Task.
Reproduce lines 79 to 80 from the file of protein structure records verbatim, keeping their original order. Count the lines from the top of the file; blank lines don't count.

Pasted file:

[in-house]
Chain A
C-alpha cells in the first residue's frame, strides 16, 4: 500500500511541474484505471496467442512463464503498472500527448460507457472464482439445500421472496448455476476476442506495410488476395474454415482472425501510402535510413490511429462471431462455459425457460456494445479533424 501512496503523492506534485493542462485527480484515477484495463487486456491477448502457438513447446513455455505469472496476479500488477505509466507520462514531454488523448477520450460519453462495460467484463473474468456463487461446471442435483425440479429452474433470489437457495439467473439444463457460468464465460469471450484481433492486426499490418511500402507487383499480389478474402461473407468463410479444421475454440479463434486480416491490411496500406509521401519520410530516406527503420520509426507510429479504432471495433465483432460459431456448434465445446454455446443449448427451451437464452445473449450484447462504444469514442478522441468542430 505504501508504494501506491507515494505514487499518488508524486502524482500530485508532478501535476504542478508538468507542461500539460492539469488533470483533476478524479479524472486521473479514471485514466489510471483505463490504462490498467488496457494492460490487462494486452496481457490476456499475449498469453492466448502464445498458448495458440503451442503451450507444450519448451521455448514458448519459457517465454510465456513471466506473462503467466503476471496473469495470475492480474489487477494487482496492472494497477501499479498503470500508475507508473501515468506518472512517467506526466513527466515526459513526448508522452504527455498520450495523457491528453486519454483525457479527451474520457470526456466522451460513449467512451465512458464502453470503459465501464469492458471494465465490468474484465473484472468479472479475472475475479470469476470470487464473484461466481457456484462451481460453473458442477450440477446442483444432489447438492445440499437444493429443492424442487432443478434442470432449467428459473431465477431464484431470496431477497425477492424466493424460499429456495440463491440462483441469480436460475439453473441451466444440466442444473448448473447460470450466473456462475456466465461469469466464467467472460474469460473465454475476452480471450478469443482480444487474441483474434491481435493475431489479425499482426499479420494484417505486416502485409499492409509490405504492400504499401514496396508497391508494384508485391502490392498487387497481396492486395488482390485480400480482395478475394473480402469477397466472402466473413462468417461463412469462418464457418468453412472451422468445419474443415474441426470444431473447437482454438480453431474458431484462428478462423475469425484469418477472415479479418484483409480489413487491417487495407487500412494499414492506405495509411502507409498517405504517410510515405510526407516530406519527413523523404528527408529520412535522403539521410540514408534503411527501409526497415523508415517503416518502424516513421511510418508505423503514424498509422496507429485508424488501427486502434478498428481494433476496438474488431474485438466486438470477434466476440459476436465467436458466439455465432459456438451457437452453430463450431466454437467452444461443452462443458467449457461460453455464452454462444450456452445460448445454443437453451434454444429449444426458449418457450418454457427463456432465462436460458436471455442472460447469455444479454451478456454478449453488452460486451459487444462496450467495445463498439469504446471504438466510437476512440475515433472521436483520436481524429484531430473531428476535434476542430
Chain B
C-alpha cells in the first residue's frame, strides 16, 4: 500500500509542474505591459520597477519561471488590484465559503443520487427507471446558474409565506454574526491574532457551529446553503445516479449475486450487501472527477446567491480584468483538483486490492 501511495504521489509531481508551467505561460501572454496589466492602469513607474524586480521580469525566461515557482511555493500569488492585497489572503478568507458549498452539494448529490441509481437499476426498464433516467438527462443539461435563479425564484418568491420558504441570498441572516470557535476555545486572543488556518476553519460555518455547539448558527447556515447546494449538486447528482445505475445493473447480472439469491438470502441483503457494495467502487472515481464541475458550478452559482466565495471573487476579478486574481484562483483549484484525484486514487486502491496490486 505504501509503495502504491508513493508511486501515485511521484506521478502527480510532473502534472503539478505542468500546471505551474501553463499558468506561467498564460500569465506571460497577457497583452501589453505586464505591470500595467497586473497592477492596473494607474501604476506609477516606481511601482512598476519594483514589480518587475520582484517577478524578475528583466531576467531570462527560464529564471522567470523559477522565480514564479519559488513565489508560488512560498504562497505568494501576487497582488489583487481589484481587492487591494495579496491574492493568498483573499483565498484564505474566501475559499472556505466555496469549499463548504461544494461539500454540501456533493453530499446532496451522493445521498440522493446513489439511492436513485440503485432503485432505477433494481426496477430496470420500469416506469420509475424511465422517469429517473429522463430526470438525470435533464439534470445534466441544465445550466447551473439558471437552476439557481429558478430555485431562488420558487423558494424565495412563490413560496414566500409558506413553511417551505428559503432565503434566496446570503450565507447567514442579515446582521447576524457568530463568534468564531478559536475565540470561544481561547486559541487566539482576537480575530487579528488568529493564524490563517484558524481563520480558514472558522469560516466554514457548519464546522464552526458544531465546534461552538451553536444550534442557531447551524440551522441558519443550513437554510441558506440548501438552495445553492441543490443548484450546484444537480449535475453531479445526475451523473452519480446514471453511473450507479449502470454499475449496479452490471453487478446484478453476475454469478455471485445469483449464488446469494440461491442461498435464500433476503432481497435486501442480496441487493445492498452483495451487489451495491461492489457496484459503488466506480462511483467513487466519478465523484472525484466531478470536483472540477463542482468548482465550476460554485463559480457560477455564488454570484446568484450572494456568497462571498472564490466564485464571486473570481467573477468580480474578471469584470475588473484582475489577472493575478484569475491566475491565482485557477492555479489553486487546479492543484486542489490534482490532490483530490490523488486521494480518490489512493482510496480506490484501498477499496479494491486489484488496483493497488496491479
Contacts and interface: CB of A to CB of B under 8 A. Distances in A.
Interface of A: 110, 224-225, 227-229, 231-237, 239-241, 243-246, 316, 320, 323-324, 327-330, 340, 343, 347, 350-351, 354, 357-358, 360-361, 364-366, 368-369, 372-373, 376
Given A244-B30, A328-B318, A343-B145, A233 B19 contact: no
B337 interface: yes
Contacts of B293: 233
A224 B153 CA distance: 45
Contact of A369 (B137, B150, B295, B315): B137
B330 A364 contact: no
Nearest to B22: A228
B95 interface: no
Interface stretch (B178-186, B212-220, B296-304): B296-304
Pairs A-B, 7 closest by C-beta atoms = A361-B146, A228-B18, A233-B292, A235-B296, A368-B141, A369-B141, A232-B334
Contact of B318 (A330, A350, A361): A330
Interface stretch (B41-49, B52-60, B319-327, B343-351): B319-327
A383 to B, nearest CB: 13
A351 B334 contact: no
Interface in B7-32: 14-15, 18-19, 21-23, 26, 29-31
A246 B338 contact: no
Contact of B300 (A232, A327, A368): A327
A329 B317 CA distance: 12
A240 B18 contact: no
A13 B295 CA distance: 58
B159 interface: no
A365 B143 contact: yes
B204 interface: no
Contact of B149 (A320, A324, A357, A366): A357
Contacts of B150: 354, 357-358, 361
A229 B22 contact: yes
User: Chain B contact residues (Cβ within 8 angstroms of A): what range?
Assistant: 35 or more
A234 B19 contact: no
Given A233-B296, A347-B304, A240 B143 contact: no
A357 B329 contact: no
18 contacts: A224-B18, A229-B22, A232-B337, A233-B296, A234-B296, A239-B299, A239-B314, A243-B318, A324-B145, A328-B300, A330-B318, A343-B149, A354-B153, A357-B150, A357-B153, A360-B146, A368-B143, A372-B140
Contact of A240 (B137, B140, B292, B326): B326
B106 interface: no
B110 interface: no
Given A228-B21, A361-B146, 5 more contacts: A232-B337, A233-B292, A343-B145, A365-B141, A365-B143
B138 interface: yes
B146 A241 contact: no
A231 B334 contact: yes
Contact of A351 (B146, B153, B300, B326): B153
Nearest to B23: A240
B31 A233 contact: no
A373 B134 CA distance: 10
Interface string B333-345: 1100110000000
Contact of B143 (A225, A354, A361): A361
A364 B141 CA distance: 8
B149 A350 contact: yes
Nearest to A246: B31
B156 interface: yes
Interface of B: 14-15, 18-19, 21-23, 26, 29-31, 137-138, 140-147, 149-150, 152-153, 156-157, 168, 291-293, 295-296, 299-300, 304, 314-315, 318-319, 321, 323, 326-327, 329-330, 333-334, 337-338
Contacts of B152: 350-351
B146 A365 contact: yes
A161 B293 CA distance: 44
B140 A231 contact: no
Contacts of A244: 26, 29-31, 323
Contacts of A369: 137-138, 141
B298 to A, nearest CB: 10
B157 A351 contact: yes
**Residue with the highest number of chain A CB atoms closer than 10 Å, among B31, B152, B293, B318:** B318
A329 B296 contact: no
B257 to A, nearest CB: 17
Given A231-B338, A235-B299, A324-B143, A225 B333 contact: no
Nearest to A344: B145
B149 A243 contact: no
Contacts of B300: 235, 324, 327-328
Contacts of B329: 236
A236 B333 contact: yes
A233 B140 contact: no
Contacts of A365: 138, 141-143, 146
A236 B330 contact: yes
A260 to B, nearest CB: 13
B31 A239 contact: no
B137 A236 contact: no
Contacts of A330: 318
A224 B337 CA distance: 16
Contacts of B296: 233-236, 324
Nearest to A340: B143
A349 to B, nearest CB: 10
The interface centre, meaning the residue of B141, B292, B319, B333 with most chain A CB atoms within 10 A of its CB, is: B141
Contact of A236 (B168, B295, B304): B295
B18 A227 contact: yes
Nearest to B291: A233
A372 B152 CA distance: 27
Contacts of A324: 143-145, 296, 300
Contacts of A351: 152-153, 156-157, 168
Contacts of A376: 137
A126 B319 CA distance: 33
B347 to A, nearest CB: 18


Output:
B31 A239 contact: no
B137 A236 contact: no